The Department opposed Li's motion for waiver of the bond requirement and submitted evidence that, approximately one week after Li was cited for Labor Code violations at his massage parlors, he and his wife transferred real property valued in excess of $370,000 to their children, as trustees of the Li-Zhu Family Trust. The children then quitclaimed the property back to Li's wife. The Department also provided evidence a massage parlor was still operating at one of the four locations where Li had conducted his business. The owner was one of Li's daughters.
The court denied Li's motion, ruling he was subject to the bond requirement and had failed to demonstrate he was indigent and could not obtain a surety bond. However, the court invited Li to file a renewed motion providing “detailed evidence that petitioner has no income, no job, owns the house, whether the house had been transferred to a trust, who the trust is held by, why [the] property was transferred to a trust a week after the citation was issued, who is paying the mortgage now and why it[’]s in the employee[s’] interest that petitioner not post a bond.” The court orally advised Li he should also provide evidence establishing whether Li's bank was aware of the property transfer and whether Li could obtain a surety.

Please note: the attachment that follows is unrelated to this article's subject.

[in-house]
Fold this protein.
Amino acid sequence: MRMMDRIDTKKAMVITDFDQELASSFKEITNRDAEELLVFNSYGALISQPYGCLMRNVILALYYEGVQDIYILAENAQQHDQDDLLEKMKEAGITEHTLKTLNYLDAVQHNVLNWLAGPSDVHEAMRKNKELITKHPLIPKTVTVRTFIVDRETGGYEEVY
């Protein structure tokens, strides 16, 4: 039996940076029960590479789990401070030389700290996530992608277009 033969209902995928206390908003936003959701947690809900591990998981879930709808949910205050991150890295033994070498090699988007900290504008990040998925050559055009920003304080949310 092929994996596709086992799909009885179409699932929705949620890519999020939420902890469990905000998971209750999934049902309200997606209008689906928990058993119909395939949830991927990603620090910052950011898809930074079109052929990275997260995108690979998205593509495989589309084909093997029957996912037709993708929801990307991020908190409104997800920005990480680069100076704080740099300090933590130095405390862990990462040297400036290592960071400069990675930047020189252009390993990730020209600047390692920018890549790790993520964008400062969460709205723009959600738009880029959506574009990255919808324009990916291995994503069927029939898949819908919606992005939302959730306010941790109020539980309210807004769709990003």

3. Li's Renewed Motion for Relief from Bond Requirement
In support of his renewed motion for relief from the bond requirement, Li submitted a new declaration in which he provided additional bank statements; described unsuccessful efforts to obtain personal or corporate surety bonds; explained where his monthly income from the massage businesses had been directed; asserted the real property had been placed into a living trust when he and his wife were unable to make payments on the secured loan on the house so that their children could make the payments and receive the home when Li and his wife passed away; stated he had transferred the business lease to his daughter because the masseurs wanted to operate the business but lacked sufficient credit to satisfy the landlord; and insisted “[t]here will be no harm to my former employees if the bond is waived, because four of them testified for me in January 2017 that they did not work overtime and only worked about 4-6 hours a day and 5-6 days a week. All of them disclaim any penalty or unpaid wage assessment assessed by the Labor Commissioner.”
Li also submitted declarations from three former employees, Xiao Juan Li, Yukun Tian and Fengqiu Zhang,4 who stated they wanted to operate one of Li's massage parlors but did not have sufficient credit to assume the lease. They confirmed Li's explanation that his daughter had acquired the lease so they could continue the business. Li's daughter also provided a declaration stating she had agreed to set up a corporation after several of her father's former employees approached her about taking over the lease for the massage parlor.
The Department opposed Li's renewed motion for waiver of the bond requirement.